Thursday, June 11, 2009

Unvarnished


One of the things I like about doing this blog is that it is pretty unvarnished. There is no delusion that we have all the answers, that our (pardon the crudity) shit doesn't stink, that we aren't figuring things out, making mistakes, picking ourselves up and continuing forward, hoping to do better the next time something presents itself.

If you are looking for a definitive treatise on polyamory, you will not find it here. There are no quick and easy answers, no simple fixes, no step-by-step programs to follow that will lead to Poly Nirvana, where the unicorns roam free, and communication is always without effort. There are disagreements, there are inconsistencies, there are times when we are weary and disinterested in growing any more, thank you very much!

And yet, there is more joy, more laughter, more learning, growing, intimacy and pleasure than pain, jealousy, or fatigue. In the grand scheme of things, it's a pretty steady upward spiral. I like myself and my partners more this year than I did last. I love myself and my partners now in ways that I couldn't foreseen two years in the past.

Do I have it all figured out? Hell no! Do I think that sharing the struggles and joys I experience with others may be of benefit to them in their journey? I certainly hope so. I know that many realizations are made when I write them down to share, benefiting the author as much, or more, than the reader.

So I continue to write about our lives being polyamorous, to share, to put it all out there, transparent, not glossy or glamorous, but hopefully useful, if not to you, to me. Unvarnished, because that is the way life is, that is the way love is. The patina that is acquired through years of use is more valuable than the untouchable beauty of a artificially polished surface that scratches off when bumped. It is more durable and complex, with deeper character and more interest.

4 comments:

lynelle said...

"The patina that is acquired through years of use is more valuable than the untouchable beauty of an artificially polished surface that scratches off when bumped. It is more durable and complex, with deeper character and more interest"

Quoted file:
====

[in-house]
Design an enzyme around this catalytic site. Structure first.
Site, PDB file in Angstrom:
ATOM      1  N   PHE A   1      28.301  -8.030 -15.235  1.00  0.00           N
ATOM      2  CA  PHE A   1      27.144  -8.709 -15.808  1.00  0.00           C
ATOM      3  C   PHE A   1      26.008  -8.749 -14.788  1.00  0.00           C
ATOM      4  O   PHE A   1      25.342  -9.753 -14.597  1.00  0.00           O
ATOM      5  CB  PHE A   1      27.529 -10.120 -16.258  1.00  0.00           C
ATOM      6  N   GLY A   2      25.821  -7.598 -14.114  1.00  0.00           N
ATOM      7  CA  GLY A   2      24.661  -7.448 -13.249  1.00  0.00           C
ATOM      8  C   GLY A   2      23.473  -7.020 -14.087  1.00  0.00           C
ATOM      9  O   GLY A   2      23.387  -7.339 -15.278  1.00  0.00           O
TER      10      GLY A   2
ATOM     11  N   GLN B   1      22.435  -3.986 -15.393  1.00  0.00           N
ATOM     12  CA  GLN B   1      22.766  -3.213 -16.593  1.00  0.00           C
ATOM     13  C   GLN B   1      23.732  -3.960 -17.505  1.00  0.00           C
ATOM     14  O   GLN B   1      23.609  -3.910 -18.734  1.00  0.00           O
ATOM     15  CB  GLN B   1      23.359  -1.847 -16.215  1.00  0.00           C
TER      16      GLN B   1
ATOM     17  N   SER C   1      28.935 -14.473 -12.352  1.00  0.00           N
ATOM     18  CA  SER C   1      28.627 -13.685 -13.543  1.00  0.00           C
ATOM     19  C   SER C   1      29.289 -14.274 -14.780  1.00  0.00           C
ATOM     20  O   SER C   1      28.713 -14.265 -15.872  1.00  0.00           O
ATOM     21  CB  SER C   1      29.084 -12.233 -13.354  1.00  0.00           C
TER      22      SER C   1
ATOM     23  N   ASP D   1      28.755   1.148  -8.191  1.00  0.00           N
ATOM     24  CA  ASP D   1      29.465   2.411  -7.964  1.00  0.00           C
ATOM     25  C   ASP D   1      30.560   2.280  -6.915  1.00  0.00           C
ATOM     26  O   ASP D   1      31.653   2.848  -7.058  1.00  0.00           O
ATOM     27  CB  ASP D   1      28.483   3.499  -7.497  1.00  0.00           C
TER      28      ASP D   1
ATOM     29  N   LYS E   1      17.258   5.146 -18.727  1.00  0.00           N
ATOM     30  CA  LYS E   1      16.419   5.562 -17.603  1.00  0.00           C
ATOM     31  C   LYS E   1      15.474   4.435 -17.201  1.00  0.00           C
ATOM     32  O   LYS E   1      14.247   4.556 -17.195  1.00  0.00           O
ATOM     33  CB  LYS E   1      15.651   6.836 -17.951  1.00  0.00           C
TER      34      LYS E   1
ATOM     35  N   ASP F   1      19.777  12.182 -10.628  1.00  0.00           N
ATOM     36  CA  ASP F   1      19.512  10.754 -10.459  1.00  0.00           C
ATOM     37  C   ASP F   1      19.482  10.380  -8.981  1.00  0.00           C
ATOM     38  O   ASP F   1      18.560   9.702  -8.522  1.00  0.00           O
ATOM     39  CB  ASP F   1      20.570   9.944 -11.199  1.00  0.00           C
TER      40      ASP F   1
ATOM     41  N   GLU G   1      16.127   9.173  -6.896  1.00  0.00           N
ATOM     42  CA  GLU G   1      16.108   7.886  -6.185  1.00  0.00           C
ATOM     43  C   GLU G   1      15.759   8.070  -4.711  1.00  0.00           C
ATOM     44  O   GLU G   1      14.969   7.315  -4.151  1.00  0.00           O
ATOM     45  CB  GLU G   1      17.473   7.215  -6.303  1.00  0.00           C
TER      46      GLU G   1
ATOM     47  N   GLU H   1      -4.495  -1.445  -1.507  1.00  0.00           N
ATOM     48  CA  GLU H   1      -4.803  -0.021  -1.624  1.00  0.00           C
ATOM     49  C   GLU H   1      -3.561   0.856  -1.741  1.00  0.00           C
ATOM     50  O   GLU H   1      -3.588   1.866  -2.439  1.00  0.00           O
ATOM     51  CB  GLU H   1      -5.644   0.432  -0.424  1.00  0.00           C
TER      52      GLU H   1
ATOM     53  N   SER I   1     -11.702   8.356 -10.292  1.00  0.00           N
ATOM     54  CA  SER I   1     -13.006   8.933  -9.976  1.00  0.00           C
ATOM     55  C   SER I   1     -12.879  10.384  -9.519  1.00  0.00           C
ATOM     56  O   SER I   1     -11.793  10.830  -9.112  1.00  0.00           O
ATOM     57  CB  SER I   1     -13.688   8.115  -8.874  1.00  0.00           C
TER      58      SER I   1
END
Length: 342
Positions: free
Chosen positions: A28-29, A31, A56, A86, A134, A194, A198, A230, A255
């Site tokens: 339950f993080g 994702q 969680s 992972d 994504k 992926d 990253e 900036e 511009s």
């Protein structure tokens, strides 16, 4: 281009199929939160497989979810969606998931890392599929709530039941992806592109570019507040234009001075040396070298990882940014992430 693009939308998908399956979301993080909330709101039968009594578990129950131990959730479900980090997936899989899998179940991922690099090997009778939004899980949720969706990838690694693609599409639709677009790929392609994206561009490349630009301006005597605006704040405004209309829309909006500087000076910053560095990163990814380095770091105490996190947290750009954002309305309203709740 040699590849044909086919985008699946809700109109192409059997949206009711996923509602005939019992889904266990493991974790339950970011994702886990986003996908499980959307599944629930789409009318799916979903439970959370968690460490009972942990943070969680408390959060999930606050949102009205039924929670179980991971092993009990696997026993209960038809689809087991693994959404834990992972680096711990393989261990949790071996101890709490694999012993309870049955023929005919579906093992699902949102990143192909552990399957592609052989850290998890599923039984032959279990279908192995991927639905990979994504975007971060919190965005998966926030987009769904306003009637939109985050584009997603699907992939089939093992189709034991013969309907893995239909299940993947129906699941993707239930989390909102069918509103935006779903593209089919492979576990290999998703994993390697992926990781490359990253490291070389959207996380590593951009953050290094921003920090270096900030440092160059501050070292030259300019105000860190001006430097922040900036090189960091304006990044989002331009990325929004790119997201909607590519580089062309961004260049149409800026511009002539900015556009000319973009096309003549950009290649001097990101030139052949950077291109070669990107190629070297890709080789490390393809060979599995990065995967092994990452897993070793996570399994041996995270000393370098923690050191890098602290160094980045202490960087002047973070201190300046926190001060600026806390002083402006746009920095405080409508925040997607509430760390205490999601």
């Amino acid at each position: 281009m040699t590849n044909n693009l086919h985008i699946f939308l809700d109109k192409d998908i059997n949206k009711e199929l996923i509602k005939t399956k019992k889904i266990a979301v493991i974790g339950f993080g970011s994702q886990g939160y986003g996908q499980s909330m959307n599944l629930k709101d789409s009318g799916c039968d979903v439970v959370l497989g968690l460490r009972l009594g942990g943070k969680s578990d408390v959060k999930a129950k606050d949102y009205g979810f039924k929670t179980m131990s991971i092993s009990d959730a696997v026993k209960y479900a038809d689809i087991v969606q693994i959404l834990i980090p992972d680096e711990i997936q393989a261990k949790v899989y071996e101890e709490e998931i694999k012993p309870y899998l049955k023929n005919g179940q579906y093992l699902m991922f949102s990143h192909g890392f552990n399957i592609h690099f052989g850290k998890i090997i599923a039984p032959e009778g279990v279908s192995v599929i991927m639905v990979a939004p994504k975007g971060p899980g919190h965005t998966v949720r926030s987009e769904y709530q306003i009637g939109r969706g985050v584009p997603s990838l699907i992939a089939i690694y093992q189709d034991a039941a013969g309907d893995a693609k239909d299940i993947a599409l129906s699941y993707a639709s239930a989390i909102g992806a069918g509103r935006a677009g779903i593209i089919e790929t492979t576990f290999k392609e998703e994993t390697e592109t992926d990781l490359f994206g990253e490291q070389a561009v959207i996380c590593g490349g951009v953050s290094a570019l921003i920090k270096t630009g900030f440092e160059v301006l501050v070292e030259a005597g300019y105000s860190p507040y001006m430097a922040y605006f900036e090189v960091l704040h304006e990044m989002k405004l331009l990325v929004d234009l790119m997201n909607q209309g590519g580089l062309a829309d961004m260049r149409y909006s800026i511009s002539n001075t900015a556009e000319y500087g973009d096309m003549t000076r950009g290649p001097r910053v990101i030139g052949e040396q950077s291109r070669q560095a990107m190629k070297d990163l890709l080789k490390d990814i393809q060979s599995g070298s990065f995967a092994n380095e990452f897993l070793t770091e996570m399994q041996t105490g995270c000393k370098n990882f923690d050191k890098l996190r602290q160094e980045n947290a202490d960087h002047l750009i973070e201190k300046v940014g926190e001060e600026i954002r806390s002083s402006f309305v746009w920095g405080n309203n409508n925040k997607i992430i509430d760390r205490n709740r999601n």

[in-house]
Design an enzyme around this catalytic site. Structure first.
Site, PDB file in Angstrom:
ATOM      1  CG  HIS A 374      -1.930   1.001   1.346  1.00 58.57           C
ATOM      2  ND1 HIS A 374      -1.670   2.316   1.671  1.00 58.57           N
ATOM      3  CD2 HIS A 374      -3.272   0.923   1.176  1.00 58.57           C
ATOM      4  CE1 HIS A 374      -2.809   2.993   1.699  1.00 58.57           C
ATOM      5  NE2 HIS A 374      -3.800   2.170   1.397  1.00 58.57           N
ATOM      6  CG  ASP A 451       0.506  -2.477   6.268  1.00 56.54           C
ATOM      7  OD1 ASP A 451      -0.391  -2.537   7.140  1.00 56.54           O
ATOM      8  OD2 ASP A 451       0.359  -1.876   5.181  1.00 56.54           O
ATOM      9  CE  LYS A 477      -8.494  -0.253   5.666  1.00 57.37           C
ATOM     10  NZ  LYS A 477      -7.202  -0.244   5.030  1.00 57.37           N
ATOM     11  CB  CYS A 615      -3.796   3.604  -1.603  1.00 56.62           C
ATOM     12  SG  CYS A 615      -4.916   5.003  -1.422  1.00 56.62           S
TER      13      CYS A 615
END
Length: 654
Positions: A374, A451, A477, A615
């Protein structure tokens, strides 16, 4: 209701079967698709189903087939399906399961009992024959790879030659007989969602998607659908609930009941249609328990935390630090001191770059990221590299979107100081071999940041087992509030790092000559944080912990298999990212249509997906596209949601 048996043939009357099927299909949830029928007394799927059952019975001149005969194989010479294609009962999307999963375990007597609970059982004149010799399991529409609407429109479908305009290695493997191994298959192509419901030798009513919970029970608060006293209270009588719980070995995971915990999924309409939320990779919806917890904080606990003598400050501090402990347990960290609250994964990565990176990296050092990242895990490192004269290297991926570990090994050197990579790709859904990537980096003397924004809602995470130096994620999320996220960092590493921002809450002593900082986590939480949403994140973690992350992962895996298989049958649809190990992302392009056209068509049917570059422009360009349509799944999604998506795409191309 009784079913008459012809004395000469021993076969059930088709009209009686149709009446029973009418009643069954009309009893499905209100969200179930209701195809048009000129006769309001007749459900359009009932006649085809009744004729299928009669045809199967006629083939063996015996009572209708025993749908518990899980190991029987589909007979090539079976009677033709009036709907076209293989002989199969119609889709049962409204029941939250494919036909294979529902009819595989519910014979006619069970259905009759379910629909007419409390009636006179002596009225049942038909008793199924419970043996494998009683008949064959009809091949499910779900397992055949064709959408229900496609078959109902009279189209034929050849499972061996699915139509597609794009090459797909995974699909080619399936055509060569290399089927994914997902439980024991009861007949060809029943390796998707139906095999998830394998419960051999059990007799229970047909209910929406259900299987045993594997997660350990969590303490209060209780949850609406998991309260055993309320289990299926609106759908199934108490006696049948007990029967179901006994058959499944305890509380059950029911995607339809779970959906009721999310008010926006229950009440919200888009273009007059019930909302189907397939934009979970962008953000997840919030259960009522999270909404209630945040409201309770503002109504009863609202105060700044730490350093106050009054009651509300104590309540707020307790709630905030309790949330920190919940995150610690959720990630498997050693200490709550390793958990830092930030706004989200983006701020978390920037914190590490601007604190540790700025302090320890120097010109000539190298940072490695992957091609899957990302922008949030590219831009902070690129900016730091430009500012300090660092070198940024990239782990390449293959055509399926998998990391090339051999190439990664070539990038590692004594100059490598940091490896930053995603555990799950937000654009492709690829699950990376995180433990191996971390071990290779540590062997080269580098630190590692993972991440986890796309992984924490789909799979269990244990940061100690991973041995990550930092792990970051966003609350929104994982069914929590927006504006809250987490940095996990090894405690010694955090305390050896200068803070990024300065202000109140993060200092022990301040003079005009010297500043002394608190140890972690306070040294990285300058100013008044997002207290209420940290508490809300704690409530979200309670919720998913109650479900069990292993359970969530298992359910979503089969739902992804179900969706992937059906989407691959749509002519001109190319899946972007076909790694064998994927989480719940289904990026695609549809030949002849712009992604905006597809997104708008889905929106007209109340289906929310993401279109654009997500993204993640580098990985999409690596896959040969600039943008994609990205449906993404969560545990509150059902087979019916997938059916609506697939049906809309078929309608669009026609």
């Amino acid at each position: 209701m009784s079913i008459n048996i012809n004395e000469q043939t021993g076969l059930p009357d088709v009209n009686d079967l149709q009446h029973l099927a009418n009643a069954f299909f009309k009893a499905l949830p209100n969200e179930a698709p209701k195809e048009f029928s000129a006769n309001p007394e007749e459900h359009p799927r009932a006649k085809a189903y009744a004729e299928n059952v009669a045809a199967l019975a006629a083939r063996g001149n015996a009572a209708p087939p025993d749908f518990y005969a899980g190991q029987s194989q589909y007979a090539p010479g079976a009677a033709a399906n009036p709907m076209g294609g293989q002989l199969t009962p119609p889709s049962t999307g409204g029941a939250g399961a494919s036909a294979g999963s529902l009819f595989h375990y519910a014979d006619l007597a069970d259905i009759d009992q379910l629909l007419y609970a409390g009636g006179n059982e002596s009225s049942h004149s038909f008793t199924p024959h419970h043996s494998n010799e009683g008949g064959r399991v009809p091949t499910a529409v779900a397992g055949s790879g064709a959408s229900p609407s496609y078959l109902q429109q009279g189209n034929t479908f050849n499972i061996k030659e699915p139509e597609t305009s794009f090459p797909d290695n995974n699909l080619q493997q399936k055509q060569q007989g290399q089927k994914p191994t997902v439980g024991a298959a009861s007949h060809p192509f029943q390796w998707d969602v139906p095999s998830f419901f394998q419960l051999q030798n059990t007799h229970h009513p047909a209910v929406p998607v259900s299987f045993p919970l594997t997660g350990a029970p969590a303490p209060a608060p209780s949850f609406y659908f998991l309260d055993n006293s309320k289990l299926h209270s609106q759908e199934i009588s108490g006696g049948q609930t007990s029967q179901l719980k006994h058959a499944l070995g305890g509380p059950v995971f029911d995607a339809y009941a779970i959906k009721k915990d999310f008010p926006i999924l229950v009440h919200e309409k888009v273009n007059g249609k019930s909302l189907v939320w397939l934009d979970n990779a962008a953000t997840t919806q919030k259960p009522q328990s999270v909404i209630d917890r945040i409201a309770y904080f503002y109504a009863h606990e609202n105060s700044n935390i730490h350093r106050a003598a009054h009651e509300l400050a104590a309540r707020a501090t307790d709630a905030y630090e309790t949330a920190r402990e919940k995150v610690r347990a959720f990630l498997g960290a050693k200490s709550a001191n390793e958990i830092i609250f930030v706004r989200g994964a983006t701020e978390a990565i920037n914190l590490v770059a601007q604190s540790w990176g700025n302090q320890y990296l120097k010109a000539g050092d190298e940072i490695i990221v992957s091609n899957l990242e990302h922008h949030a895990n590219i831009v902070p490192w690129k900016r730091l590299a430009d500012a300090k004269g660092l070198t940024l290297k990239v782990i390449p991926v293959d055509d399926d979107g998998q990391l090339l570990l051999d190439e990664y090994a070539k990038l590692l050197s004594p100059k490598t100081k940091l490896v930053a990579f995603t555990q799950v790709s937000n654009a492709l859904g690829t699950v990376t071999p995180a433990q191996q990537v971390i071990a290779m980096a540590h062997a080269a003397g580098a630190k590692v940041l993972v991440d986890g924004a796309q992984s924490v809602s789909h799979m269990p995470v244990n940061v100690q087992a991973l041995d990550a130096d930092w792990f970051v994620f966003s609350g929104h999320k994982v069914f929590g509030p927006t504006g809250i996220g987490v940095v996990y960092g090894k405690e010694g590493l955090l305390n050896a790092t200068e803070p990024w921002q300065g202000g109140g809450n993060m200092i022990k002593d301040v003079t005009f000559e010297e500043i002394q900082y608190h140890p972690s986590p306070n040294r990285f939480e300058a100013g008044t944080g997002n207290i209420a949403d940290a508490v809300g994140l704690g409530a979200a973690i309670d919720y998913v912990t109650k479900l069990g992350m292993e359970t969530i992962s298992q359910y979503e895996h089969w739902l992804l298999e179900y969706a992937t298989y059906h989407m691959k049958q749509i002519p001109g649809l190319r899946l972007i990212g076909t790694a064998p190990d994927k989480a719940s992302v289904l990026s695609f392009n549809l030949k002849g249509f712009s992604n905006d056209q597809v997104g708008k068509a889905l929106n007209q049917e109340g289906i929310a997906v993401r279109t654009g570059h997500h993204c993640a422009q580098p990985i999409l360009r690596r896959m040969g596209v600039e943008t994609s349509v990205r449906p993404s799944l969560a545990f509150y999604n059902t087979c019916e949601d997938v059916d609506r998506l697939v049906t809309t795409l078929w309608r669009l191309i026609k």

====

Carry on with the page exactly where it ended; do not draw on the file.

i *love* that concept ~ thank you for sharing it so well. it connects to why i'm calm-excited and happy to be at a point where my new love has grown to be familiar enough to also feel like *home* to me, in a way that is similar, yet different than the "home" feeling i have with my husband.

i don't feel a loss in the shift from the NRE shiny-new-fun-focused-energizing-floating-on-air-love. i want our love and time to blend and make that patina you speak of.

lynelle said...

and side-tracking to a different yet connected aspect...

i had to drop paperwork off at the office of the people who hire me for contract work. and an employee i know was there and i said hello. and she chatted me and told me her daughter recently married. and did i want to see pictures? and i was in a hurry, but her proud-mom-eyes were glowing. and sometimes stopping is just the right thing to do.

and her daughter is in the peace corps in fiji. and she met a fijian man and they became best friends. and the mom met him when she visited fiji last fall. and since then, he asked her daughter to marry him. and her daughter said yes; she'd love to marry her best friend.

and the photos are lovely. a casual beach wedding, with horses roaming free in the background. and the bride and groom wore homemade "dresses" that his family made. and according to my friend, the wedding outfits were traditional fijian ~ the groom's outfit is customarily more fancy than the bride's, but both outfits are handmade and hand painted out of a white tree bark that looks like fabric from a distance and looks pretty rough up close. but lovely fancy-ness and lovely hand-painting.